Check out this vintage vase that is for sale on Etsy which measures 5 – 5/8″ tall x 3 – 1/4″ in diameter at the base. The pitcher is completely covered in cork and the interior is a terracotta colored ceramic. Since there are no markings on the bottom or inside it is hard to date this item but it is extremely cool in a Silence Of The Lamp patchwork style way.

This is a sweet little lamp that combines my two fetishes, cork and Apple products. I mean, how awesome is this nicely styled lamp that has a built in USB cable so I can charge my iPhone. The lamp comes in 2 different sizes and the smaller one has a digital clock which makes it perfect for the night stand. The base of the lamp is made of cork so it doesn’t scratch the surface it sits on and also creates the interior base so my lovely phone has a soft cushion to sit on. I only wish the USB cord was longer for the night stand version so I could charge my iPhone while it is under my pillow because I like to wake up to the soothing vibrations of my phone’s alarm clock. Maybe that is to much information…..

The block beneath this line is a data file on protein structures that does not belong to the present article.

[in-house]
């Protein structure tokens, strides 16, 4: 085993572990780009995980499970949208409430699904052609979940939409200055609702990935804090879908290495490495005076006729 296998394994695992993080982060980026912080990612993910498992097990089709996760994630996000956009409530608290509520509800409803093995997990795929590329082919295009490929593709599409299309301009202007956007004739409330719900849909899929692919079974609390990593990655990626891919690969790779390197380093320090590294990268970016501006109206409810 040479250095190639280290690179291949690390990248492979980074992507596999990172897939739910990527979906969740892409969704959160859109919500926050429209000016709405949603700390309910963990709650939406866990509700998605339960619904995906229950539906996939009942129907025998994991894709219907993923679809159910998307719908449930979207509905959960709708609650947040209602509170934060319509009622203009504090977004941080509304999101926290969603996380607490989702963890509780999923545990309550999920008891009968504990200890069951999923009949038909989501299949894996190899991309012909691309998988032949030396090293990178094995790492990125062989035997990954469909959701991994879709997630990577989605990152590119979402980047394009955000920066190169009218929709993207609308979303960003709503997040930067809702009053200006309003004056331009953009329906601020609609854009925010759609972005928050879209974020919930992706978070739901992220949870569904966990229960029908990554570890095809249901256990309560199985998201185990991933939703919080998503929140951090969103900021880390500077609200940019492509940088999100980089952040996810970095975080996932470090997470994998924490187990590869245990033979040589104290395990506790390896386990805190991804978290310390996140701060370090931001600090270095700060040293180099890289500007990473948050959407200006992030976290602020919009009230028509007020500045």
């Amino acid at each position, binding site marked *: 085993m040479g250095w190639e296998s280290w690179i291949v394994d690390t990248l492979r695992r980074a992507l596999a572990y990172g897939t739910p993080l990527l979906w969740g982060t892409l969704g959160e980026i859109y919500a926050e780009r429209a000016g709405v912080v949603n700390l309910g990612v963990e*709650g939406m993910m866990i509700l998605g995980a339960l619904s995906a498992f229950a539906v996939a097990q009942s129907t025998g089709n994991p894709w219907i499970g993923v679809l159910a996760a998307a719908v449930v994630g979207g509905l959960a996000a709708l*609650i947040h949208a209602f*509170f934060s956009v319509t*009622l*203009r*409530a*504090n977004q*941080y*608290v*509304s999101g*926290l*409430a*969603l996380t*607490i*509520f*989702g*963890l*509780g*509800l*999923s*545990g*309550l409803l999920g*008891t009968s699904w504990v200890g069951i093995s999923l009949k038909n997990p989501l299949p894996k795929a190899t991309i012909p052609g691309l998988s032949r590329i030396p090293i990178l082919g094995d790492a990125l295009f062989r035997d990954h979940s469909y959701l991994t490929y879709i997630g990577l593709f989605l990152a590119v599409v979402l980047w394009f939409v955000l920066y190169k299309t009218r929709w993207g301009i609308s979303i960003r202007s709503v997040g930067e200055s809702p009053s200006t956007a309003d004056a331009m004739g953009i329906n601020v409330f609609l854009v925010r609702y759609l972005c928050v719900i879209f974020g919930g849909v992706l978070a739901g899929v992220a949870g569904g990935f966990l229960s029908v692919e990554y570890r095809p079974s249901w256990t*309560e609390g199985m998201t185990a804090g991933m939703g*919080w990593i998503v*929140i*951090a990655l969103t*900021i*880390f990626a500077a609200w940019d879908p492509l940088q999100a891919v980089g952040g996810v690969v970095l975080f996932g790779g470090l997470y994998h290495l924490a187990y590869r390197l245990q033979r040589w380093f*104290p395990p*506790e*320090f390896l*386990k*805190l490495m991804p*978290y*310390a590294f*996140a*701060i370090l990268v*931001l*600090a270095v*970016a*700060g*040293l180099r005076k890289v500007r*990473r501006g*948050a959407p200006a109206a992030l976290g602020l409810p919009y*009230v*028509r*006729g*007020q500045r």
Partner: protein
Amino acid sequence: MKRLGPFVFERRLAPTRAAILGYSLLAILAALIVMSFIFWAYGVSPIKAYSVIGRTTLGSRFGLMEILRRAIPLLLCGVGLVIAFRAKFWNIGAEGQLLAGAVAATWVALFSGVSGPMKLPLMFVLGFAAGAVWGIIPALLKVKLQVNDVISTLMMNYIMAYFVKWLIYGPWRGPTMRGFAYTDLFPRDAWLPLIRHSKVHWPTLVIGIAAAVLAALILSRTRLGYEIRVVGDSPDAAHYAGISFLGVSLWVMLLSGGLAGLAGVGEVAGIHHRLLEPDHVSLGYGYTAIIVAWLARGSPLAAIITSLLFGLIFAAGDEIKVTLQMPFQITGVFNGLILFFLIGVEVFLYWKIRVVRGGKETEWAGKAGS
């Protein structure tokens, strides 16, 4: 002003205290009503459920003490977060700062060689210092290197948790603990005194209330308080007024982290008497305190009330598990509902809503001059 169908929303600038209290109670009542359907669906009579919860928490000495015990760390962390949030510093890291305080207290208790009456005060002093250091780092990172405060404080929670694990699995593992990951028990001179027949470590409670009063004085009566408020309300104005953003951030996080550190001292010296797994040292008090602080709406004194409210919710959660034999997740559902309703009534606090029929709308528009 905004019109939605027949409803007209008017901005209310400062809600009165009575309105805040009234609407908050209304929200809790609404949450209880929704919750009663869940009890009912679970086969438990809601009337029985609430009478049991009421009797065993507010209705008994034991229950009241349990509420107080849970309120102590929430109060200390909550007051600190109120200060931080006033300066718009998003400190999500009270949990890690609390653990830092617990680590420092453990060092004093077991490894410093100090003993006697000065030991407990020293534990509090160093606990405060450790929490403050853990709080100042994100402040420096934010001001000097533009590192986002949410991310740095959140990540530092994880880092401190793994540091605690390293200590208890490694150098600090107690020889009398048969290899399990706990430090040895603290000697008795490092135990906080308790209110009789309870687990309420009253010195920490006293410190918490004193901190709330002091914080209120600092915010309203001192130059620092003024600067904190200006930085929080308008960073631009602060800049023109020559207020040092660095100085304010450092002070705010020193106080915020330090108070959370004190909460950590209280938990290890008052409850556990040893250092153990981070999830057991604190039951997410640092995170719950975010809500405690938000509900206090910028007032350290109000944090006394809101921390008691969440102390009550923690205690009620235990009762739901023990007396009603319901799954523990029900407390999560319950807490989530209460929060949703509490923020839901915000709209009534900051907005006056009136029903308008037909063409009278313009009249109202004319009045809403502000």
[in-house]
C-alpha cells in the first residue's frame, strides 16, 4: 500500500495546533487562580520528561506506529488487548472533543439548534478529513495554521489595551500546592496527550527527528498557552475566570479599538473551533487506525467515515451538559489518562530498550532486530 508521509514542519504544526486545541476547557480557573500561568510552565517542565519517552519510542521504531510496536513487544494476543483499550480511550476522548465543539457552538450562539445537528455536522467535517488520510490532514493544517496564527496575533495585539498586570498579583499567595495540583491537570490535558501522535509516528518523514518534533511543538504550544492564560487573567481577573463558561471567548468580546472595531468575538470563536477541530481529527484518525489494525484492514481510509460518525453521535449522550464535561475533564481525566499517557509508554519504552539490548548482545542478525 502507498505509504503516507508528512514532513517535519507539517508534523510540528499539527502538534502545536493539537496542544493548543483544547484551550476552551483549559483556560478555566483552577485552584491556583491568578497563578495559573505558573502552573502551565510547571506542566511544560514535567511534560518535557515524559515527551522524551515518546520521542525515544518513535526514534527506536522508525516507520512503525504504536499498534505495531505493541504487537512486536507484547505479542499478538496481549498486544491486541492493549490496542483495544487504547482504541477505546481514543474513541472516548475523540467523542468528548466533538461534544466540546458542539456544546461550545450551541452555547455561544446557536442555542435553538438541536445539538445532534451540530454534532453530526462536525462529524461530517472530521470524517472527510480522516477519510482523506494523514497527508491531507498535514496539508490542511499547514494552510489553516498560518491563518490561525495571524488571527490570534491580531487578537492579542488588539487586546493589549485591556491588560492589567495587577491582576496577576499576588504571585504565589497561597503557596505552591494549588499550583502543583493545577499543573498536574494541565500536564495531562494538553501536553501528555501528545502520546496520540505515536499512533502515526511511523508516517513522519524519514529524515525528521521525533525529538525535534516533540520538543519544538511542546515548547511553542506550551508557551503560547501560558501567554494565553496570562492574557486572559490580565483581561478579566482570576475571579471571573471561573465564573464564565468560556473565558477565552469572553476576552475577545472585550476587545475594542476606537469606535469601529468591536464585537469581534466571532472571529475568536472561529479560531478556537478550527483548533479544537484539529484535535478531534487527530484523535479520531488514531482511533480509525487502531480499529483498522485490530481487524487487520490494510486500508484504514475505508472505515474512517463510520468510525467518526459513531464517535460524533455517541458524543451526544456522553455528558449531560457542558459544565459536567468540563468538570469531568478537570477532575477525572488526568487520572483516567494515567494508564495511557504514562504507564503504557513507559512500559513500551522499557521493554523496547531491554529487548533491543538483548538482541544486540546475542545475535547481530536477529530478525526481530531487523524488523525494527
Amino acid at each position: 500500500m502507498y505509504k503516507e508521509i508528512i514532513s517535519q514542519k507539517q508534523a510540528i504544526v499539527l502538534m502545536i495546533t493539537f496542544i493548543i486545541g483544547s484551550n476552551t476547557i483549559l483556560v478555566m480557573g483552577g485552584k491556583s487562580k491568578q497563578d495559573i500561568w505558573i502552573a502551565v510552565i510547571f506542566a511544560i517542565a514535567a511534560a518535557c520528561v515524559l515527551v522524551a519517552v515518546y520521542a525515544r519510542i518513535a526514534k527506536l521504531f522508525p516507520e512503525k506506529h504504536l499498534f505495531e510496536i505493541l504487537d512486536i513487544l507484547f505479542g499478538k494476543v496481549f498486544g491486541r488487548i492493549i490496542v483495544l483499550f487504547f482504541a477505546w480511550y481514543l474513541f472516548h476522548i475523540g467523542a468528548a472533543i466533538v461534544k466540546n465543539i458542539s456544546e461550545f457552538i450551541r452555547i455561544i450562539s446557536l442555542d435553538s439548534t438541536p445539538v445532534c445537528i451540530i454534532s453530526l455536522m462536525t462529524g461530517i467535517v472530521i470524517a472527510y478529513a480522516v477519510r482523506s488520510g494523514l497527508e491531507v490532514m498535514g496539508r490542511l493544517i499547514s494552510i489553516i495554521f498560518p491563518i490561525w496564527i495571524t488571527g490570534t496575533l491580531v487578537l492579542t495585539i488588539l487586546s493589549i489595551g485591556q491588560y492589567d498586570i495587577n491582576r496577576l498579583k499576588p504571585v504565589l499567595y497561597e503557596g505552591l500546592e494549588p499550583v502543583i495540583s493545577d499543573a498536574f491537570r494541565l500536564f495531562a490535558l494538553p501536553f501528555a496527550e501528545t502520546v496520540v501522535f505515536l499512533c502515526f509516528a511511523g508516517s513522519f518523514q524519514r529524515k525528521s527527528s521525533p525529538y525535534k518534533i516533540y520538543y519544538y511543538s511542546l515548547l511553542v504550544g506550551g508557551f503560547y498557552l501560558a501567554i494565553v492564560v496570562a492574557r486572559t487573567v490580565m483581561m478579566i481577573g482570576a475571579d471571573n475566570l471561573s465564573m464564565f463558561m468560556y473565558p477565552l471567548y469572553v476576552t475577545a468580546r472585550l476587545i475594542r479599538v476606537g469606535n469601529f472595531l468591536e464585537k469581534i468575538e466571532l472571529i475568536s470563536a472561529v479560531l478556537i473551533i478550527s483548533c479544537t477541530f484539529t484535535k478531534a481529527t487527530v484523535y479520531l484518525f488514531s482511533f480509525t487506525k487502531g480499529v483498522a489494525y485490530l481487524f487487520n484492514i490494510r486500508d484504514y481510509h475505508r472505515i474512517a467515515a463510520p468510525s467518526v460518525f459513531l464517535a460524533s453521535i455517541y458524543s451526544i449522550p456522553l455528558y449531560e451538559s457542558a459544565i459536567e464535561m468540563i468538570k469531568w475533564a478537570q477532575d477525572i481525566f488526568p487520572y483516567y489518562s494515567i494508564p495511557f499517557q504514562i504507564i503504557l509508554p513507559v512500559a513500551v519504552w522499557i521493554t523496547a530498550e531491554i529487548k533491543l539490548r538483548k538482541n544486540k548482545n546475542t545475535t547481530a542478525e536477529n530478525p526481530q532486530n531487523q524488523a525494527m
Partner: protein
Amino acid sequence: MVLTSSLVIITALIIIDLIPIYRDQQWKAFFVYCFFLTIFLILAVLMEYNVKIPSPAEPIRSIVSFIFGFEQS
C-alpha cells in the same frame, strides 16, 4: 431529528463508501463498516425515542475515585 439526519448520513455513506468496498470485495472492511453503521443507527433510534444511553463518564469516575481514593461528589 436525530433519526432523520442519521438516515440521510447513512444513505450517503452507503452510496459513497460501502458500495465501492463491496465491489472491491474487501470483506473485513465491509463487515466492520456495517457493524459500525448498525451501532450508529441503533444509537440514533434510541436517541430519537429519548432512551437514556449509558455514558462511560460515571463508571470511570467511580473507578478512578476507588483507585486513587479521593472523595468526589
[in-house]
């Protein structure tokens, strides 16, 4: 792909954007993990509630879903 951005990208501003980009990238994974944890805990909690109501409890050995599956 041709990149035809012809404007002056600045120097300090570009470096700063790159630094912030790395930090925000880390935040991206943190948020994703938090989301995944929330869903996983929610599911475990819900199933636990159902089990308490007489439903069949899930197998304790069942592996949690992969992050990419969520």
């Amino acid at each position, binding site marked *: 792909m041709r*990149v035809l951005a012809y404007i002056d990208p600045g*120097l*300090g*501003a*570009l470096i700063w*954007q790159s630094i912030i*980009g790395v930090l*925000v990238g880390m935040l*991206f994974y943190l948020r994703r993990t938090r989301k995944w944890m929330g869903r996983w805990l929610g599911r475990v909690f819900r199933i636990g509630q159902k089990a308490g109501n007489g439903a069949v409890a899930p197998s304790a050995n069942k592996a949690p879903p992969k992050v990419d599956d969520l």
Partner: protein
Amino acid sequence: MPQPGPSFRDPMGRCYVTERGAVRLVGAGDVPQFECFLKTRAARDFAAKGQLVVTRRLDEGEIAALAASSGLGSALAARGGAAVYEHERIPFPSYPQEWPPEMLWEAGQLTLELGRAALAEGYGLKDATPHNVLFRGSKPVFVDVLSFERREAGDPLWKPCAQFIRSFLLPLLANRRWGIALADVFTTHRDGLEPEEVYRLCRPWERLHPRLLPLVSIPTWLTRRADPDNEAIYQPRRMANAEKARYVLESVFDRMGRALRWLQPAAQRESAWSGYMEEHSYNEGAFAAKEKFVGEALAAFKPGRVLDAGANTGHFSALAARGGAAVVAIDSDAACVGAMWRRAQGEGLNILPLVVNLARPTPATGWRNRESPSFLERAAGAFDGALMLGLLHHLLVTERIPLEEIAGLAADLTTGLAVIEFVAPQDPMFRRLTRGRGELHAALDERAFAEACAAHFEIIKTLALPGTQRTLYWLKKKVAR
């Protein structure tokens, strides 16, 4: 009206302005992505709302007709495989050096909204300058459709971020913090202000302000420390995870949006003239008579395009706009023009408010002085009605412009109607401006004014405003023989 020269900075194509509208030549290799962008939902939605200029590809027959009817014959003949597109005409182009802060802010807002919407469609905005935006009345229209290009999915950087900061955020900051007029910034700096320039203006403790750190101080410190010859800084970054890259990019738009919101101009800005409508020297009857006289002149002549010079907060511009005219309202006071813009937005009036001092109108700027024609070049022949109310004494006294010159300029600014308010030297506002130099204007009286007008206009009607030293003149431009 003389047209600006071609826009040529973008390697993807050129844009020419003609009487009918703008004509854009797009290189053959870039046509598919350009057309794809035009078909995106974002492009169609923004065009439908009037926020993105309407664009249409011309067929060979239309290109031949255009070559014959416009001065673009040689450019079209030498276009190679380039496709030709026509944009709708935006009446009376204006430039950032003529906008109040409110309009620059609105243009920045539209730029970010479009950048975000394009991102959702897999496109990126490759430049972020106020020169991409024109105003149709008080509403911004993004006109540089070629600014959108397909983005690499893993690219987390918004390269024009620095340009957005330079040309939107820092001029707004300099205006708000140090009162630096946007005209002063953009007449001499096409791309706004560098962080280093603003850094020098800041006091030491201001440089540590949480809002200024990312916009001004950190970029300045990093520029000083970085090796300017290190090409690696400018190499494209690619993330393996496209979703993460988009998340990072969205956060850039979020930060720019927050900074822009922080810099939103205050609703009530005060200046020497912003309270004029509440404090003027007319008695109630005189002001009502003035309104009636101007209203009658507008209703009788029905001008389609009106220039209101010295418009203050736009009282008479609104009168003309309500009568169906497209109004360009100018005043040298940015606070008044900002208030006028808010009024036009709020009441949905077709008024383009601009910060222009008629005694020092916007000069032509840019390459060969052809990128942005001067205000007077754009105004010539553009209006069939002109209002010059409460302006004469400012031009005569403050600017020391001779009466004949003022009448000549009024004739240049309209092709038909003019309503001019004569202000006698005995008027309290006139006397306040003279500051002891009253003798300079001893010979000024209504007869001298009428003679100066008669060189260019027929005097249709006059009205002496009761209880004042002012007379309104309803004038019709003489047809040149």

Unveiled at Maison & Objet 2012, Hodge Podge USB Lamp creates a little dome beneath which you can keep and charge your beloved items like MP3 players and smart phones. A cork base gives the aforementioned electronic items a safe haven, so they can recharge without getting lost or damaged. Hodge Podge USB Lamp is also a great place to keep other essentials of daily life—keys, wallets, etc.

A smaller version of the table lamp exists which, aside from the USB port, comes equipped with a small alarm clock. Hodge Podge comes in three colors: grey, green, and off-white. The smaller version of Hodge Podge is available in grey and off-white only. Hodge Podge is an excellent choice for bedside tables the world over. People who lose their phones because they always charge them in a different spot will love Hodge Podge.

Via 3 Rings